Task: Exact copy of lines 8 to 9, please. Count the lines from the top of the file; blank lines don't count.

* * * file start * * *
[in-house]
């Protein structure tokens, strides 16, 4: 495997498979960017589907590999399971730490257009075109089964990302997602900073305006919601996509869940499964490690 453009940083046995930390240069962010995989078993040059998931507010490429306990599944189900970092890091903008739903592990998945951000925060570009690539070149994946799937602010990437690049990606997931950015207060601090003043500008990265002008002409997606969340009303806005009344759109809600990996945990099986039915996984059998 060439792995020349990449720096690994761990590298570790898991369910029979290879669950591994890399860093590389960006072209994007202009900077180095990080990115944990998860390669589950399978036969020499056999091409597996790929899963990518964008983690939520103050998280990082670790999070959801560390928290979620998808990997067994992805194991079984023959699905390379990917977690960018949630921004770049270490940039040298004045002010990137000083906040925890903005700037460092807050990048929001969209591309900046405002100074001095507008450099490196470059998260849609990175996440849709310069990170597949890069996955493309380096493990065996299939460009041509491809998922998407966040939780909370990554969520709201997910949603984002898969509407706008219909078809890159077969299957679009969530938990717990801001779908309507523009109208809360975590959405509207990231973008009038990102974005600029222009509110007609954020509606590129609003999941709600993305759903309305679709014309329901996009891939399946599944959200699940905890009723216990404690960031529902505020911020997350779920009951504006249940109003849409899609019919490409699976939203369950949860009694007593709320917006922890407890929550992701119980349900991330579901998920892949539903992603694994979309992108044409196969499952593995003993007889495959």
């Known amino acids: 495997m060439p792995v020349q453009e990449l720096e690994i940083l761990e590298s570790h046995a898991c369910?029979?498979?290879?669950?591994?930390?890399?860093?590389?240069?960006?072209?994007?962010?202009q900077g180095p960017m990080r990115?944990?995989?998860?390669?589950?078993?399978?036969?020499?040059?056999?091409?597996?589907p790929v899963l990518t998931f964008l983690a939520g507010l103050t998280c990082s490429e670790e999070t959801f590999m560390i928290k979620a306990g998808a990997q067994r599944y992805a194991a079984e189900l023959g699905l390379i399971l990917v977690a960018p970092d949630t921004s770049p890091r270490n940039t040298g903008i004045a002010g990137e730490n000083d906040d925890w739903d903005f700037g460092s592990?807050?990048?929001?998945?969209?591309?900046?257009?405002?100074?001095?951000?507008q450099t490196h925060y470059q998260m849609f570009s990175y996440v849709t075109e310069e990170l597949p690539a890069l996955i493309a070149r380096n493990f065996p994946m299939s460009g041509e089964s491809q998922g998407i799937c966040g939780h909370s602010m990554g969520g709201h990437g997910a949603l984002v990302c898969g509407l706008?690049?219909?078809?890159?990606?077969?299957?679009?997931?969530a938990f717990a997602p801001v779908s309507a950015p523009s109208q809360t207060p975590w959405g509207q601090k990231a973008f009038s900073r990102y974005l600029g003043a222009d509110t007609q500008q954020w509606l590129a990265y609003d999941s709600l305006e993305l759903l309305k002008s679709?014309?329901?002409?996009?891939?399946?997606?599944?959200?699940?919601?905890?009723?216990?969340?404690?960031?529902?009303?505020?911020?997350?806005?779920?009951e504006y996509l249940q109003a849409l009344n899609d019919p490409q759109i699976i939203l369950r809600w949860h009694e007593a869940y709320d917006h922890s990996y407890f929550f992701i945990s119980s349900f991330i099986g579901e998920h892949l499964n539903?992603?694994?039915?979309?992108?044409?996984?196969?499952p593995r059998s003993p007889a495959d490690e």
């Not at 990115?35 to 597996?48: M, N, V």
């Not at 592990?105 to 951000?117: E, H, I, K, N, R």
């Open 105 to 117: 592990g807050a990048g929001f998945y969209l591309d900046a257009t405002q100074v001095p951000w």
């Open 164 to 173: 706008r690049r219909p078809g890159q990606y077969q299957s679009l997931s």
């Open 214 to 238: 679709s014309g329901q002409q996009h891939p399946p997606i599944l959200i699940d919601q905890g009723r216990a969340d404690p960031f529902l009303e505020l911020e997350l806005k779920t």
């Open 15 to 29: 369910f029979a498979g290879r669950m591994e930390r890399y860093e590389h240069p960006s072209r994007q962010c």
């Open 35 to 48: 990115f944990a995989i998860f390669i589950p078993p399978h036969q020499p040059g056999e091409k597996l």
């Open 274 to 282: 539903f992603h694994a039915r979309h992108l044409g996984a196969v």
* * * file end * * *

């Open 214 to 238: 679709s014309g329901q002409q996009h891939p399946p997606i599944l959200i699940d919601q905890g009723r216990a969340d404690p960031f529902l009303e505020l911020e997350l806005k779920t």
């Open 15 to 29: 369910f029979a498979g290879r669950m591994e930390r890399y860093e590389h240069p960006s072209r994007q962010c």